Clearly Trump struck a cord and was able to unify a large part of US society. If the involvement of his constituents allows positive movement on infrastructure, fiscal policy and other issues - there will undoubtedly still be major disagreements, debate and problems as there is in all political discourse - but the move should be embraced so that we can move forward.

On the other hand, if Trump selects more hardline and populist Republicans to his cabinet, such as Newt Gingrich, Sarah Palin or Steve Bannon, the U.S. political landscape will instead become much more challenging. These remain highly divisive figures, even within Republican ranks. The risk is that an ideologically rigid administration would exacerbate standing tensions within U.S. society and contribute to further blockages of legislation, litigation, hearings, rising discontent and social unrest. The nation badly needs to heal and return to business if Trump is to truly "make America great again."

This will not be easy. A President Trump will surely face strong resistance, or even a "rebellion within his base" predicted by such allies as political consultant Roger Stone, should he move in the more pragmatic, balanced direction. Likewise there will be increasing discontent and resistance from other constituencies as well, including both those already protesting and, on the opposite side, from some of the darker undercurrents that helped get him elected to the White House. All of this makes for a tricky and potentially volatile political and economic landscape.

The country desperately needs to move ahead in a more bipartisan manner; both Democrats and Republicans should concern themselves with pressing problems, rather than how to best posture for the next elections in 2018.

A more pragmatic White House would also bode well for foreign affairs. Trump the campaigner held out a fortress America, trade wars with Canada, Mexico, China, and Japan, a snuggling up to Putin's Russia, and a rounding up and sending back of millions of illegal immigrants, mainly to Latin America. He also suggested it was time to renegotiate NAFTA, NATO and other agreements and alliances. A more pragmatic Trump, who is geared to making deals, could proceed to open discussions with key trade partners, but in a more conciliatory fashion. Additionally, Trump could force an important rethink of NATO and its role in the world, as well as a range of other institutions, without threatening to unravel them.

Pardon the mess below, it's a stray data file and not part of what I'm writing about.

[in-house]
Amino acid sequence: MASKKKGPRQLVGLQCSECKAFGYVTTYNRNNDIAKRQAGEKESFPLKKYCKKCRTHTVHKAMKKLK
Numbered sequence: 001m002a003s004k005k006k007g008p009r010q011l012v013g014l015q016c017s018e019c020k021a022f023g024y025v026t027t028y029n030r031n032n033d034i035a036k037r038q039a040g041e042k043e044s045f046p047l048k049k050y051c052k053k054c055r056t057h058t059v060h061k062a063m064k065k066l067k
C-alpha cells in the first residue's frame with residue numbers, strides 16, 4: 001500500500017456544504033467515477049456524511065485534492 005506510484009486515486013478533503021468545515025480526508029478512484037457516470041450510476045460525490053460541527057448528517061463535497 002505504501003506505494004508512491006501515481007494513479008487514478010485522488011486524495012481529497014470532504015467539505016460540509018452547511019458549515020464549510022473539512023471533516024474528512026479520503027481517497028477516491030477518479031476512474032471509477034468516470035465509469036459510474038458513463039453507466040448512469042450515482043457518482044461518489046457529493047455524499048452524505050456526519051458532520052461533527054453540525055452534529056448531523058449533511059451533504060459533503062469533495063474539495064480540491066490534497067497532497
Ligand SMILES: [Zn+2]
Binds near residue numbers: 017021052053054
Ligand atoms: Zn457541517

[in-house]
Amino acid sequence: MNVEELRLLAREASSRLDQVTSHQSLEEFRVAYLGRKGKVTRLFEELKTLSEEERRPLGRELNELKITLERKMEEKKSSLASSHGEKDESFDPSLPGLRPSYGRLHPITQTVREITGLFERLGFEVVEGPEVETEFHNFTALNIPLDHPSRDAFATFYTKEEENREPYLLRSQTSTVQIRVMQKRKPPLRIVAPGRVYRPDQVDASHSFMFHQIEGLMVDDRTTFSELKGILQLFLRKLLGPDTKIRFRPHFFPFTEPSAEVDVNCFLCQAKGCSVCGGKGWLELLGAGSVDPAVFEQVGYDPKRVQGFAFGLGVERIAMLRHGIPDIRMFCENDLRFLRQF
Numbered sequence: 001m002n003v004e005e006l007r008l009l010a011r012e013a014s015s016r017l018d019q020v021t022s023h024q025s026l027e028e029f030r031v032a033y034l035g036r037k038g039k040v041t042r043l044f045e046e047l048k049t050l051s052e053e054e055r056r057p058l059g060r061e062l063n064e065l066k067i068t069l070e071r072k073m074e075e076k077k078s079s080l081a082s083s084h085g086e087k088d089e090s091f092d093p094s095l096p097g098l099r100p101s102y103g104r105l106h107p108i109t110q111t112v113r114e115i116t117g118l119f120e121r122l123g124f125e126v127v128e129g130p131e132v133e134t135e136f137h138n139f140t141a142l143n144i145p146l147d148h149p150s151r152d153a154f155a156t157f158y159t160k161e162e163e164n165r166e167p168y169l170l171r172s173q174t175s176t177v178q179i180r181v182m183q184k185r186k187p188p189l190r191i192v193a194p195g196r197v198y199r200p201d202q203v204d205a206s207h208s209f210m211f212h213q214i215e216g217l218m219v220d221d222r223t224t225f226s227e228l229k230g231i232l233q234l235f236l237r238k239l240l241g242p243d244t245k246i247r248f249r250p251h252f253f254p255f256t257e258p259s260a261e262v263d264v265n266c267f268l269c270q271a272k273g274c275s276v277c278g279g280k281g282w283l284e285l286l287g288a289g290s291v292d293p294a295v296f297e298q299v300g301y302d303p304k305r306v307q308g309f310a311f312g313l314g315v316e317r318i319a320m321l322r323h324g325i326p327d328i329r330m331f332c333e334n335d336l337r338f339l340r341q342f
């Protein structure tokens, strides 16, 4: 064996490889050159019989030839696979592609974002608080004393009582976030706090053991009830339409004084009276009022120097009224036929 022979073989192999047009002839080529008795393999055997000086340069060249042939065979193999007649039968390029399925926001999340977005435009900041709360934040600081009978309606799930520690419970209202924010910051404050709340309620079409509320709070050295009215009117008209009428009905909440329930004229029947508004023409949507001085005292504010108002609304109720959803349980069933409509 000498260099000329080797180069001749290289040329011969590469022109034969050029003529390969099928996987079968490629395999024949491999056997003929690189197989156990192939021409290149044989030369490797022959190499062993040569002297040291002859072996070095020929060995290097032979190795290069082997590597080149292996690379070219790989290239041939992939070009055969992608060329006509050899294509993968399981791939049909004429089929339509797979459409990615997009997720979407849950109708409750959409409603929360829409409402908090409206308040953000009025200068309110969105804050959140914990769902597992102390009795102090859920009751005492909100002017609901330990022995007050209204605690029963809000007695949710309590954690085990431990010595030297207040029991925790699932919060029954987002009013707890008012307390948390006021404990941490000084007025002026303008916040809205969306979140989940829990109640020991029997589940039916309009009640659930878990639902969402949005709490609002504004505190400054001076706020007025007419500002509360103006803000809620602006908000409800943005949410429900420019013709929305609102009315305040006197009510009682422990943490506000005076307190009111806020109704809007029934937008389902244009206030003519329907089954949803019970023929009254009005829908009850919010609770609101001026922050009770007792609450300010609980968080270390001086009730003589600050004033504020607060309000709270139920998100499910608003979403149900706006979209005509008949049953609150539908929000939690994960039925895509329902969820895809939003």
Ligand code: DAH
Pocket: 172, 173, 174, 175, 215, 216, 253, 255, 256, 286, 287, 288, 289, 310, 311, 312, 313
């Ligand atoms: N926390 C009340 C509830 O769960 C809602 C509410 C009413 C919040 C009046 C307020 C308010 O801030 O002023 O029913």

Trump sits at a major historical crossroads. What he does during this important transitional period will shape the next four years for the U.S. and affect global politics and the world economy. It will also provide a tone to markets, which could still plummet, especially if the newly minted Trump administration promotes divisiveness, embarks on trade wars, and seeks to unwind old alliances. Instead, Trump has an amazing opportunity to set the stage for the nation's rise above the sharp socio-economic divisions that have been plaguing America.

Hopefully President Trump will use his victory to become president for all America as he stated in his victory address, and use this opportunity to begin healing the nation and to address the many challenges the country faces. This could be as radical a change in policy direction as it was when Richard Nixon went to China and opened a new chapter in Sino-American relations.

Whether he will accept this challenge and move to become a transformational president driven by pragmatism is a major question. There is a real risk that he will instead seek to push through a divisive, ideological, and confrontational agenda. This choice will become apparent in the weeks to come.
 


Keith Rabin serves as president of KWR International, Inc. and KWR International (Asia) Pte Ltd and Dr. Scott MacDonald is the Chief Economist for Smith's Research and Gradings.